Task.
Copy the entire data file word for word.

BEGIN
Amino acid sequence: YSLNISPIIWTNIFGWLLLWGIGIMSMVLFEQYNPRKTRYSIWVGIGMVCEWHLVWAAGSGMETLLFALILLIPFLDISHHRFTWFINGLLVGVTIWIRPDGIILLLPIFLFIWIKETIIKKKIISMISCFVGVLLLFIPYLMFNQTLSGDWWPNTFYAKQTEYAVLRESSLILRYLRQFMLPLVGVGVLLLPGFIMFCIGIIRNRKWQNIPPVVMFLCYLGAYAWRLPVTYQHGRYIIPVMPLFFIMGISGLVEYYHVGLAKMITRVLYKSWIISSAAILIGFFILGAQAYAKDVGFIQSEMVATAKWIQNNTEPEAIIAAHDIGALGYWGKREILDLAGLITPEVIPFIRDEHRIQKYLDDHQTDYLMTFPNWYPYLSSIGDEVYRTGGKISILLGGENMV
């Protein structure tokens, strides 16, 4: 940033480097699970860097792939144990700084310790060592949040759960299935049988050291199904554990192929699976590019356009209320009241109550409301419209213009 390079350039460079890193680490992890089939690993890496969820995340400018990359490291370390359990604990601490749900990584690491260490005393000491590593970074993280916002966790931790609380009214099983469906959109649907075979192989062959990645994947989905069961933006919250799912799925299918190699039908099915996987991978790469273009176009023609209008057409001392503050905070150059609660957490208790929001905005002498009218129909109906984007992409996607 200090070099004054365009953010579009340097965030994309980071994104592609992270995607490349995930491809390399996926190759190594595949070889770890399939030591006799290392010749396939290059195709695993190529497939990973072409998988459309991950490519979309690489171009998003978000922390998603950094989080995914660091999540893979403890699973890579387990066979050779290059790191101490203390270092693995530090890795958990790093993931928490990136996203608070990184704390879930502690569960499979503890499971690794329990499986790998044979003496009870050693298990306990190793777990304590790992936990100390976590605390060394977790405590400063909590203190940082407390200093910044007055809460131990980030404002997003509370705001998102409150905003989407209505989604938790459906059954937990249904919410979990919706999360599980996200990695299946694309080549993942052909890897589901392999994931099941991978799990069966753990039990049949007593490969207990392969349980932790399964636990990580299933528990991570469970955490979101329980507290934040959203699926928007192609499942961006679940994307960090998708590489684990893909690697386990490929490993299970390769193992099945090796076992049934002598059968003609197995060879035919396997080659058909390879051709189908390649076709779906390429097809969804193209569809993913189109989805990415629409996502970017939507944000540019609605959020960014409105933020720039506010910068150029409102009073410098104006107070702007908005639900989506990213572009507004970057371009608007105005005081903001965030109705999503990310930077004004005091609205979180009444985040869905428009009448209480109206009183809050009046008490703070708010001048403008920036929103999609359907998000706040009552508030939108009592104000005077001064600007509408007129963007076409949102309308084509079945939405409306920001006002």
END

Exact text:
Amino acid sequence: YSLNISPIIWTNIFGWLLLWGIGIMSMVLFEQYNPRKTRYSIWVGIGMVCEWHLVWAAGSGMETLLFALILLIPFLDISHHRFTWFINGLLVGVTIWIRPDGIILLLPIFLFIWIKETIIKKKIISMISCFVGVLLLFIPYLMFNQTLSGDWWPNTFYAKQTEYAVLRESSLILRYLRQFMLPLVGVGVLLLPGFIMFCIGIIRNRKWQNIPPVVMFLCYLGAYAWRLPVTYQHGRYIIPVMPLFFIMGISGLVEYYHVGLAKMITRVLYKSWIISSAAILIGFFILGAQAYAKDVGFIQSEMVATAKWIQNNTEPEAIIAAHDIGALGYWGKREILDLAGLITPEVIPFIRDEHRIQKYLDDHQTDYLMTFPNWYPYLSSIGDEVYRTGGKISILLGGENMV
């Protein structure tokens, strides 16, 4: 940033480097699970860097792939144990700084310790060592949040759960299935049988050291199904554990192929699976590019356009209320009241109550409301419209213009 390079350039460079890193680490992890089939690993890496969820995340400018990359490291370390359990604990601490749900990584690491260490005393000491590593970074993280916002966790931790609380009214099983469906959109649907075979192989062959990645994947989905069961933006919250799912799925299918190699039908099915996987991978790469273009176009023609209008057409001392503050905070150059609660957490208790929001905005002498009218129909109906984007992409996607 200090070099004054365009953010579009340097965030994309980071994104592609992270995607490349995930491809390399996926190759190594595949070889770890399939030591006799290392010749396939290059195709695993190529497939990973072409998988459309991950490519979309690489171009998003978000922390998603950094989080995914660091999540893979403890699973890579387990066979050779290059790191101490203390270092693995530090890795958990790093993931928490990136996203608070990184704390879930502690569960499979503890499971690794329990499986790998044979003496009870050693298990306990190793777990304590790992936990100390976590605390060394977790405590400063909590203190940082407390200093910044007055809460131990980030404002997003509370705001998102409150905003989407209505989604938790459906059954937990249904919410979990919706999360599980996200990695299946694309080549993942052909890897589901392999994931099941991978799990069966753990039990049949007593490969207990392969349980932790399964636990990580299933528990991570469970955490979101329980507290934040959203699926928007192609499942961006679940994307960090998708590489684990893909690697386990490929490993299970390769193992099945090796076992049934002598059968003609197995060879035919396997080659058909390879051709189908390649076709779906390429097809969804193209569809993913189109989805990415629409996502970017939507944000540019609605959020960014409105933020720039506010910068150029409102009073410098104006107070702007908005639900989506990213572009507004970057371009608007105005005081903001965030109705999503990310930077004004005091609205979180009444985040869905428009009448209480109206009183809050009046008490703070708010001048403008920036929103999609359907998000706040009552508030939108009592104000005077001064600007509408007129963007076409949102309308084509079945939405409306920001006002």